131/150: What has a lion’s mane and lives under the sea? A jellyfish!

Animalia: Cnidaria: Scyphozoa: Semaeostomeae: Cyaneidae: Cyanea: Cyanea capillata (Linnaeus, 1758)

The Lion’s Mane jellyfish is the largest species of jellyfish in the world. The largest specimen was found in 1870 at Massachusetts Bay, United States with a bell diameter of 2.3 meters and tentacles reaching 37 meters, which is longer than the length of a blue whale! These magnificent creatures are known to like cold temperatures and live around northern hemisphere in the north Atlantic, Pacific and Arctic oceans. Due to their large size, certain fish and shrimp species find protection and shelter from their predators by hiding around the jellyfish’s body. As for their diet, the lion’s mane jellyfish’s favourites are zooplankton, moon jellies and ctenophores. They live a pelagic lifestyle, roaming around open seas and often fall to prey to seabirds, ocean sunfish and other jellyfish species. In fact, the leatherback sea turtle feeds almost entirely on this species. Uhm, yum? #Canada150 #Biodiversity150

Small, juvenile lion’s mane jellyfish appear in tan and orange colours, but as they get older, they turn into a reddish or purplish shade. Photo Credit: Brian Gratwicke goo.gl/DkBexQ
The bell of the lion’s mane jellyfish can reach a diameter of 2 meters! Photo Credit: Arnstein Rønning goo.gl/f9HLYB
Each tentacle cluster of a lion’s mane jellyfish can have up to 100 tentacles! Photo Credit: Derek Keats goo.gl/CA1KK3

Here’s the barcode sequence information for this species:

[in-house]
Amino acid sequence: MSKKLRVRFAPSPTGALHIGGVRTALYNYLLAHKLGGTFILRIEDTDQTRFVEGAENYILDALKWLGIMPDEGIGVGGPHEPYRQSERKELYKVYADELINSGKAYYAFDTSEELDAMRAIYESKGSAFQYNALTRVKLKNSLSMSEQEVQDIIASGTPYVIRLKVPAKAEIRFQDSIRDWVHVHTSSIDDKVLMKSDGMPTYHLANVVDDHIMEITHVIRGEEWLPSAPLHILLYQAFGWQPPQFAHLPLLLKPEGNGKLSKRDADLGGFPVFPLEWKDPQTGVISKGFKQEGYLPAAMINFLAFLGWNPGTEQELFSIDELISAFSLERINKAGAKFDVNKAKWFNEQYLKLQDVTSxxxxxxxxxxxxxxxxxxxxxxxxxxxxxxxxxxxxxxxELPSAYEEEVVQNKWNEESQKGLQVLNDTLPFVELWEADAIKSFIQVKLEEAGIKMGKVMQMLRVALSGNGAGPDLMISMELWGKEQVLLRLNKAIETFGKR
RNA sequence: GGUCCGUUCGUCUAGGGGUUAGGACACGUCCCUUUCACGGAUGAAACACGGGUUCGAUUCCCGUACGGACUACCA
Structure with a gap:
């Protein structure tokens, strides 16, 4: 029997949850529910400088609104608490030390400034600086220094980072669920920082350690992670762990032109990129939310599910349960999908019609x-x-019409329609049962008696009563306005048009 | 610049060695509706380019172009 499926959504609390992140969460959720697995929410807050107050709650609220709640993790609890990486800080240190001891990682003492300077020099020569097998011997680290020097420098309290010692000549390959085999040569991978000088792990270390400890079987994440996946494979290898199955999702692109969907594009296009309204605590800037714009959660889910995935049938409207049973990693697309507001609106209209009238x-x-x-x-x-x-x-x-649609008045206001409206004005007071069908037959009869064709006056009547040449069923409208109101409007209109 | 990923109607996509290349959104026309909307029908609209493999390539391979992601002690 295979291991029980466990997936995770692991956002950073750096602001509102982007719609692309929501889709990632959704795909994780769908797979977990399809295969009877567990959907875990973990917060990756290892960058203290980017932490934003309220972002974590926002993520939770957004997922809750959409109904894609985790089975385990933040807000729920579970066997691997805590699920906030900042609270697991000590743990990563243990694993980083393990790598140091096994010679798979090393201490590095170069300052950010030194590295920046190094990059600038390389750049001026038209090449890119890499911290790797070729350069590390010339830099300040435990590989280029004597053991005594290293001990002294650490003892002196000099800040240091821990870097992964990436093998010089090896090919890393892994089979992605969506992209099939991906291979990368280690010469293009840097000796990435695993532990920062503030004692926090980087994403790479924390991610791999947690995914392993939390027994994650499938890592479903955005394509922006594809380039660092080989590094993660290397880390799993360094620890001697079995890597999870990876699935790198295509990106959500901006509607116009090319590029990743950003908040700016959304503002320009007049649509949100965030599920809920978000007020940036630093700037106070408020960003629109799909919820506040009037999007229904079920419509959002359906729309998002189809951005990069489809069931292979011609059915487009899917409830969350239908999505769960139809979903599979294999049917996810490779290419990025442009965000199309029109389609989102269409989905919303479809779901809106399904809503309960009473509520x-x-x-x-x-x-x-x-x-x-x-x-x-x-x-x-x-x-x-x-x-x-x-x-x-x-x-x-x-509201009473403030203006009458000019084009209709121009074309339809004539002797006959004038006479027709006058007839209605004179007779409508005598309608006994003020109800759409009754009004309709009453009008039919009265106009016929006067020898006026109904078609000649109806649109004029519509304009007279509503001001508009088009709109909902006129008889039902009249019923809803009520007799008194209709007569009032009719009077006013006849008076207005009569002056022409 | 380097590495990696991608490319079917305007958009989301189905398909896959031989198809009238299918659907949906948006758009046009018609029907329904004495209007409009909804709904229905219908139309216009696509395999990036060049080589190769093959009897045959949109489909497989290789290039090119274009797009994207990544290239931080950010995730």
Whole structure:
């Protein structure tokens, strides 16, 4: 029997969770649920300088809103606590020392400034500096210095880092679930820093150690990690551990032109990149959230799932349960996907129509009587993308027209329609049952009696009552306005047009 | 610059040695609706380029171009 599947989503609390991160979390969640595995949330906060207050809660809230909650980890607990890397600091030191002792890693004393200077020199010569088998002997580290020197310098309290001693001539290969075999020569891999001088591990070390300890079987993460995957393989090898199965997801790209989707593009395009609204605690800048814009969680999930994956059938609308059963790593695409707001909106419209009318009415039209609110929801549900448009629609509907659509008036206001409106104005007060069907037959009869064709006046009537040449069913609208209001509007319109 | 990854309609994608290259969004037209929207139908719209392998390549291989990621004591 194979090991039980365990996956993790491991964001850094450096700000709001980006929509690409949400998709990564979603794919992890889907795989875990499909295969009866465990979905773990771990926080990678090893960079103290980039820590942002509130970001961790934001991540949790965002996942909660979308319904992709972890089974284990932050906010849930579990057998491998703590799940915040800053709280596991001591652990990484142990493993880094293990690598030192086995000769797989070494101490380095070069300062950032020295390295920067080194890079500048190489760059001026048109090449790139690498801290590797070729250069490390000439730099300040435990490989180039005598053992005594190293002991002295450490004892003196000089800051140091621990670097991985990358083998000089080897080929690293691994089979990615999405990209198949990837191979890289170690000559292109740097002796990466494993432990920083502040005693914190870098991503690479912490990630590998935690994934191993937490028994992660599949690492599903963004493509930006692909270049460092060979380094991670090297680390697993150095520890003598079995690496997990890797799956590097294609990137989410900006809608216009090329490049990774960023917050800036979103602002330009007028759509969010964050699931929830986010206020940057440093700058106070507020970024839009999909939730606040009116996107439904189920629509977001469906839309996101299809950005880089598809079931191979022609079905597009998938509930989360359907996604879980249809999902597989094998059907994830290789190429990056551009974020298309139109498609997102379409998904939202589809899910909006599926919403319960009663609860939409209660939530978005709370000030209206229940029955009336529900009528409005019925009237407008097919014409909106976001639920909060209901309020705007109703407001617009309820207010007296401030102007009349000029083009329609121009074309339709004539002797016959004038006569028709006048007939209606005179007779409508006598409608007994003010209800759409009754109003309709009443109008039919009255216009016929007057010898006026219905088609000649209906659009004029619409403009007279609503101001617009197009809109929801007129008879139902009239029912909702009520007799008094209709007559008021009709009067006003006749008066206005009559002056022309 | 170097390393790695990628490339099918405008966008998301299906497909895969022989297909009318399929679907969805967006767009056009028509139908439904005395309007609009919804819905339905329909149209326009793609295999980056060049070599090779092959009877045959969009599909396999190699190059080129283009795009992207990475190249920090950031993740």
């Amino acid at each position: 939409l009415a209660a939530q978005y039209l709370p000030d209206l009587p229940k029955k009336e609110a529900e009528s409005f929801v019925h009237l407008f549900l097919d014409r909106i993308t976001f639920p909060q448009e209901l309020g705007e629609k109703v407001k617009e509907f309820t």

Process ID: CCSMA230-10

nucleotide sequence


amino acid sequence


Visual representation of DNA barcode sequence for Lion's mane jellyfish

Learn more about it’s BIN (Barcode Index Number): BOLD:AAF9673

51/150: A pea, or not a pea?

Plantae: Magnoliophyta: Magnoliopsida: Fabales: Fabaceae: Lupinus: Lupinus sericeus (Pursh)

As attractive and colourful as this pea family member may be, the silky lupine holds its own dark secrets. Native to Manitoba and British Columbia in Western Canada, this stunning plant has been discovered to produce toxic alkaloids known to cause adverse consequences and even death to its consumers, which are typically domesticated livestock such as sheep, goats and cattle. Continue reading “51/150: A pea, or not a pea?”

39/150: Are they centipedes or….??

animalia: Arthropoda: Symphyla: Symphyla order incertae sedis: Scolopendrellidae

Also known as symphylans or garden centipedes, pseudocentipedes are only distant relatives of true centipedes! They are actually more closely related to pauropods and millipedes of the same subphylum Myriapoda. Continue reading “39/150: Are they centipedes or….??”

27/150: The small priceless gems of freshwater ecosystems

Animalia: Arthropoda: Malacostraca: Amphipoda: Hyalellidae: Hyalella: Hyalella azteca (Saussure, 1858)

Amphipods are common crustaceans that are found in freshwater bodies such as lakes and rivers and Hyalella azteca is one of the most abundant in North America. Due to their small size, these animals mainly feed on diatoms, algae and organic detritus. Continue reading “27/150: The small priceless gems of freshwater ecosystems”

13/150: Did the opossum play possum?

Animalia: Chordata: Mammalia: Didelphimorphia: Didelphidae: Didelphis: Didelphis virginiana (Kerr, 1792)

The Virginia opossum is the only marsupial found in North America. These furry creatures are also one of the oldest mammals on the planet, dating to at least 70 million years ago! Often wrongly mistaken for rodents, the Virginia opossums do not possess hair on their large ears and their tails, with the exception of its base. Continue reading “13/150: Did the opossum play possum?”